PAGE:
The Foam suit

The Iron Man foam suit build

This page is about the foam build stage of the project, check out the main project index for the rest.

I built the suit out of 10mm thick Plastazote LD45 foam. This is a high density foam which weighs 45KG per cubic metre. All the parts were cut with a knife and stuck together with hot glue. Plastazote can be shaped and stretched with heat, which helped a lot with the faceplate for instance. I used approx three 2x1metre sheets of foam for the whole suit. The Pepakura templates for this came from here: The RPF

Note that Plastazote also often called EVA foam, or at least is very similar to it. You can either buy the foam from a foam supplier, or use EVA foam floor mats, Yoga mats, and others.

There are some YouTube videos about this, or scroll down for pictures and words:

Here are some in progress pictures of the foam pieces, click for bigger versions. The template for each piece was modified from the Pepakura files as demonstrated in the videos above. I started with the helmet, although this isn’t the best advice if you haven’t built from foam before – probably best to start with a piece that has less tight corners/curves like the chest plate.

The details and lines in the pieces were made by staggering the edges of the foam, this is demonstrated in the second video above. I used a hot air gun to bend/stretch the curves in the foam, which you can see the most in the helmet, this reduces the need for so many custs/lines which you would need if the material would only bend in one direction like paper:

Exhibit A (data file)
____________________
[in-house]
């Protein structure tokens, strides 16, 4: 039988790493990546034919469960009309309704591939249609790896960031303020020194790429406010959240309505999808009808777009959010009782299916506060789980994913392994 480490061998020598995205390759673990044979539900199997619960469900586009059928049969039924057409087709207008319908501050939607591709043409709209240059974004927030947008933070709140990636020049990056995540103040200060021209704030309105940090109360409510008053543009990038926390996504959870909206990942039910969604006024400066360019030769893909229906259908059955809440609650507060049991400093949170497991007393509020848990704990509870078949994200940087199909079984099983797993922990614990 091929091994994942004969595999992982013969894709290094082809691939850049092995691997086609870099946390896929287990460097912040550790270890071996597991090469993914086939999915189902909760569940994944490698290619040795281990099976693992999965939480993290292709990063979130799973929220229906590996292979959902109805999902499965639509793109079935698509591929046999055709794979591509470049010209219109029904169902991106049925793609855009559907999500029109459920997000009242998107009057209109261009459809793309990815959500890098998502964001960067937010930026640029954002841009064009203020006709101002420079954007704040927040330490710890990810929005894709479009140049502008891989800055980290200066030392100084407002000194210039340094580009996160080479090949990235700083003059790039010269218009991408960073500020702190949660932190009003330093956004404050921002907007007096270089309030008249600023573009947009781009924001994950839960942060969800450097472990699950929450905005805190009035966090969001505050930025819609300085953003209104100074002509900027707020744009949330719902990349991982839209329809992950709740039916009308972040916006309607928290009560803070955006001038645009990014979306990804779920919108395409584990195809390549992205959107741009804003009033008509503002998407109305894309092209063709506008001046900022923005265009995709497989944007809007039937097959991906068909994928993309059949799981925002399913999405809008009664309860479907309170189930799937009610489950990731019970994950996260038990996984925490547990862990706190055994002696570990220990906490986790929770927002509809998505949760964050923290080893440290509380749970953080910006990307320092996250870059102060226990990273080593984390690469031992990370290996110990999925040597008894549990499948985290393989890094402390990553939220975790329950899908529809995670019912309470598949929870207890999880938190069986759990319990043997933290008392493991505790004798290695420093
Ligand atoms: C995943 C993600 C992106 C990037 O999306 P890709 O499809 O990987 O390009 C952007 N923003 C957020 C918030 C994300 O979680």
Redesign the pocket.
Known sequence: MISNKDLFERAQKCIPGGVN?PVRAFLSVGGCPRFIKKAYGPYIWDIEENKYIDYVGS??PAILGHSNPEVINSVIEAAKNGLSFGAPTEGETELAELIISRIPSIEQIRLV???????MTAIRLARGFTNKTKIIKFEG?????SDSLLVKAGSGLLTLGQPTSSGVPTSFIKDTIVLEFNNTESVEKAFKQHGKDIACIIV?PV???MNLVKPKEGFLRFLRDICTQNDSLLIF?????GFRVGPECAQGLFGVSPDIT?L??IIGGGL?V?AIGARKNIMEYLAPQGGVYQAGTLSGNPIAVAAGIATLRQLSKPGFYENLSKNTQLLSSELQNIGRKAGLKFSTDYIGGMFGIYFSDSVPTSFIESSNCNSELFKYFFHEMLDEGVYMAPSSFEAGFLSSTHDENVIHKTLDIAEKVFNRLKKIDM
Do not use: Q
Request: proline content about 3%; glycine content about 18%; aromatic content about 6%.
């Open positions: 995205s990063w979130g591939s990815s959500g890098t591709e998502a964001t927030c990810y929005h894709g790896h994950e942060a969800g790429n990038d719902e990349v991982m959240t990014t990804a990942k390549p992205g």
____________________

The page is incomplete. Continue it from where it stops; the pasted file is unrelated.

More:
When the pieces were all made I sealed them PVA which I got from a local DIY store. This is ‘white glue’ / wood glue, it dries clear, so it makes the pieces look all shiny and nice, and also makes them a lot more rigid feeling:

Here are some pictures of the upper body pieces once the PVA has dried, they look almost too good to paint:

I then continued, and made the whole suit. Again, I modified the Pepakura templates on paper and stretched in the curves, which is the only way to get builds with the fewest amount of cuts on the contoured parts – and also one of the great advantages of building with foam:

The legs and feet laid out;

And the whole suit on my mannequin. The mannequin is too short for the suit, hence some of the pieces are bunched up, and the cod/pelvis plate requires some modification:

I made the detail parts for the ear and shoulder pivot by making sculpts from clay and bottle tops, then moulding and casting them in resin. Here are the sculpts:

They are then placed into boxes and Silicone RTV is poured in to make a negative mould from the peices:

I used Smooth-on Polyurethane resin to cast the solid pieces, which can then be attached to the foam suit:

I then painted the suit, and through trial and error I found the best process was:

1. PVA as described above.

2. Spray with Plastidip liquid rubber.

3. Grey Plastic Primer, I used some from Halfords in the UK.

4. Your choice of car paint. I used Ford Solar Gold and Ford Regency Red, and Moondust Silver I think.

Important – I have now developed a plastic coating process for foam which is far superior, check it out here.

Here are the pieces painted without the plastic coating method. Here they have has the PVA, Plastidip, and grey primer applied:

And as you can see, here they are painted up with automotive paints:

The next part of the project was to make moulds from the suit and cast up a rigid version, you can see that in the main project index.